Until Queen City Square is topped out in either 2010 or 2011, the art deco Carew Tower is Cincinnati's tallest building, and has been since its completion in 1931. While not spectacular by any means except for being the tallest building in Cincinnati, its always been a special building to me, being one of the most identifiable structures in my hometown and all. Until September 11, 2001, the Cincinnati held the title of "Largest American City whose Tallest Building was Pre-WWII," which New York City re-claimed when the Empire State Building once again became the tallest building in that city after the destruction of the World Trade Center towers. The Carew Tower is about 75 feet taller than the city's second-tallest building, the 495-foot (151 meter) PNC Tower, built in 1913.
Situated on the southwest corner of Fifth and Vine streets, right across the street from Fountain Square, the Carew Tower complex includes the 49-story office building, the Netherland Plaza Hotel (including the ornate Palm Court restaurant) and Tower Place Mall, which opened in 1991. A third building in the complex, a parking garage, was torn down in the 1980s. The garage featured elevators and turnstyles instead of the traditional ramps found in most garages.
Floral tiles inside the building were designed by Cincinnati-based Rookwood Pottery, and Rene Paul Chamberlin contributed to architectural sculptures on both the interior and exterior of the building. In 1982, the Carew Tower was added to the National Register of Historic Places.
Construction on the building began in September 1929, a month before the stock market crash that led to the Great Depression. Because of this, many of the art deco details originally planned were scaled back, resulting in the simple brickwork seen above the first three stories of the building. The Carew Tower was designed by Shreve, Lamb and Harmon Associates, who were also responsible for the Empire State Building, for which the Carew Tower would serve as the basis for that building's design. Construction of the building took only 13 months, consisting of crews working 24 hours a day 7 days a week for a total price of $33 million.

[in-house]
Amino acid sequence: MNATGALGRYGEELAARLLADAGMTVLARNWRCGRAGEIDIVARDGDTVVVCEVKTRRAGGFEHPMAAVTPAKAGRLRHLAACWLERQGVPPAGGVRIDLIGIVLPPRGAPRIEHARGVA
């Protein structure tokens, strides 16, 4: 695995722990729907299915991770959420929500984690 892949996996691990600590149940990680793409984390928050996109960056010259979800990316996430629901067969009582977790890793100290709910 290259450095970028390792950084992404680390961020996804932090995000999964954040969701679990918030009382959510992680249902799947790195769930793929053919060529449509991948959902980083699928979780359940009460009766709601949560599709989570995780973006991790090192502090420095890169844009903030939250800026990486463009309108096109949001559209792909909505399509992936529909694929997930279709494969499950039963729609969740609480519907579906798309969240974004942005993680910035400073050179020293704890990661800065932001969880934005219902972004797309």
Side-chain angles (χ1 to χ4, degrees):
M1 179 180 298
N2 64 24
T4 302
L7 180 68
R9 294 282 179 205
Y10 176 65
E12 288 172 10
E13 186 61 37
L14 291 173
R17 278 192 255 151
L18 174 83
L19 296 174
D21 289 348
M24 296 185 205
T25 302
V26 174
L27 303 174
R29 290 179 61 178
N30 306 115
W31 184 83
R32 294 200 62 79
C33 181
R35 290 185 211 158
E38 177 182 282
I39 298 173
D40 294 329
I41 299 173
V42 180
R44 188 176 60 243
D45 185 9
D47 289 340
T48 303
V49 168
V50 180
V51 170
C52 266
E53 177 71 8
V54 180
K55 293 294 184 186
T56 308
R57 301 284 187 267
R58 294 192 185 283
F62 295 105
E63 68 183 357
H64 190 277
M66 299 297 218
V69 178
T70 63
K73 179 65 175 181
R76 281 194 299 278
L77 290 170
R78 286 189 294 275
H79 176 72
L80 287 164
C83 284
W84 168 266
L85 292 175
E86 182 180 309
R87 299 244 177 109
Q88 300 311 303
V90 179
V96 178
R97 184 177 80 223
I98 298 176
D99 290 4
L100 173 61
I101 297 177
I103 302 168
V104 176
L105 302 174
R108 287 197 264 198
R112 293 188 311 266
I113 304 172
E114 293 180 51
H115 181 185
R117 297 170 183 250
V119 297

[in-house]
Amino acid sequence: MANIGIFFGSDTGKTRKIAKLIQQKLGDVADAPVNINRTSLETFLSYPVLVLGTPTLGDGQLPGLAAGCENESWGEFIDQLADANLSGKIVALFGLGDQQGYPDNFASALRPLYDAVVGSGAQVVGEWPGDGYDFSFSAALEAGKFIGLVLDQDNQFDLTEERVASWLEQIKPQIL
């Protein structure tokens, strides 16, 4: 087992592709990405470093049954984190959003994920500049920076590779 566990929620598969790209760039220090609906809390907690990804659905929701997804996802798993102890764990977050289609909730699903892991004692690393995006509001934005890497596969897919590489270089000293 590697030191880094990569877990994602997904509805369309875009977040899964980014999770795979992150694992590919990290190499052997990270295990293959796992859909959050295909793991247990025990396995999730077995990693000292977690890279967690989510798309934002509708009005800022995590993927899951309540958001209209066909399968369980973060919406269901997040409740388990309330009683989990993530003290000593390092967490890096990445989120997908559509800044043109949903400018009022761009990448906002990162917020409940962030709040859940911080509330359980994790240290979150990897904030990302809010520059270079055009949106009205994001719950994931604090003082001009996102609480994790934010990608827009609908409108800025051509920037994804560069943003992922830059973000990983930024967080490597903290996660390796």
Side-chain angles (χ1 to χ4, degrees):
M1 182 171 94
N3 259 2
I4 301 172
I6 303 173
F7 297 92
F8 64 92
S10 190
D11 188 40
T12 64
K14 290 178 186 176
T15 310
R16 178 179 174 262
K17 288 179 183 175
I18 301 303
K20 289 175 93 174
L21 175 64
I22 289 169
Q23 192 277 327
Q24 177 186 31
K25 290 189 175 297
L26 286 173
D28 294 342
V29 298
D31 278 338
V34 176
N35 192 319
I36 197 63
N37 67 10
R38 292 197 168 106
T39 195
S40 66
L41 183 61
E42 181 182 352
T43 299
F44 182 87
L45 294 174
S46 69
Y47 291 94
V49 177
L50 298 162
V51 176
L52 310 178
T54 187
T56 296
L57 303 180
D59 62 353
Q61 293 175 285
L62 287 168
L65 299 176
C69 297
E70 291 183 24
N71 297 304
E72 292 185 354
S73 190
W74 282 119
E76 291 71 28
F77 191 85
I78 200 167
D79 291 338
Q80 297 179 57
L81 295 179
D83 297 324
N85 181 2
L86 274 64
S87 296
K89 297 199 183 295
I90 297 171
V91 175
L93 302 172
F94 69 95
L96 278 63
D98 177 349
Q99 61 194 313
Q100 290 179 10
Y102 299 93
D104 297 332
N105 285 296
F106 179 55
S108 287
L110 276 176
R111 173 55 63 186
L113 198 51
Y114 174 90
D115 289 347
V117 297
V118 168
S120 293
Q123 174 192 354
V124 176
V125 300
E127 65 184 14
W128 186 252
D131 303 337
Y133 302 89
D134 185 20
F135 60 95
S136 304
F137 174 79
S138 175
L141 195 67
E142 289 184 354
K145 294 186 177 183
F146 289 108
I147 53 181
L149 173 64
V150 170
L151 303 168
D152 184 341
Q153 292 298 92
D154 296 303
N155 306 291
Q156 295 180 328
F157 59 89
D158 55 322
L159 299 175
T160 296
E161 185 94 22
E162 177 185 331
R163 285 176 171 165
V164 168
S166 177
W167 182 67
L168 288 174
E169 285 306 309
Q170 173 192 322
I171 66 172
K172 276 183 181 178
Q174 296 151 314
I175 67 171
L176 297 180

On the 49th floor is an open-air observation deck, offering magnificent views of Greater Cincinnati on clear days. Taking note of the building's similarity to the Empire State Building, inflatable gorillas have been attached to the building from time to time, most notably by Gold Star Chili, seller of the Cincinnati-style chili unique to the area. Gold Star has a restaurant in the Tower Place food court.
More examples of the art deco detailing inside the building can be found here
All photos were taken by me unless otherwise noted.
Looking up at the building from Vine Street
The Carew Tower and adjacent Netherland Plaza Hotel
Art deco lobby
Ornate art deco touches found inside the building
The view from the observation deck on the roof
Lit up at night
The Carew Tower dominates the Cincinnati skyline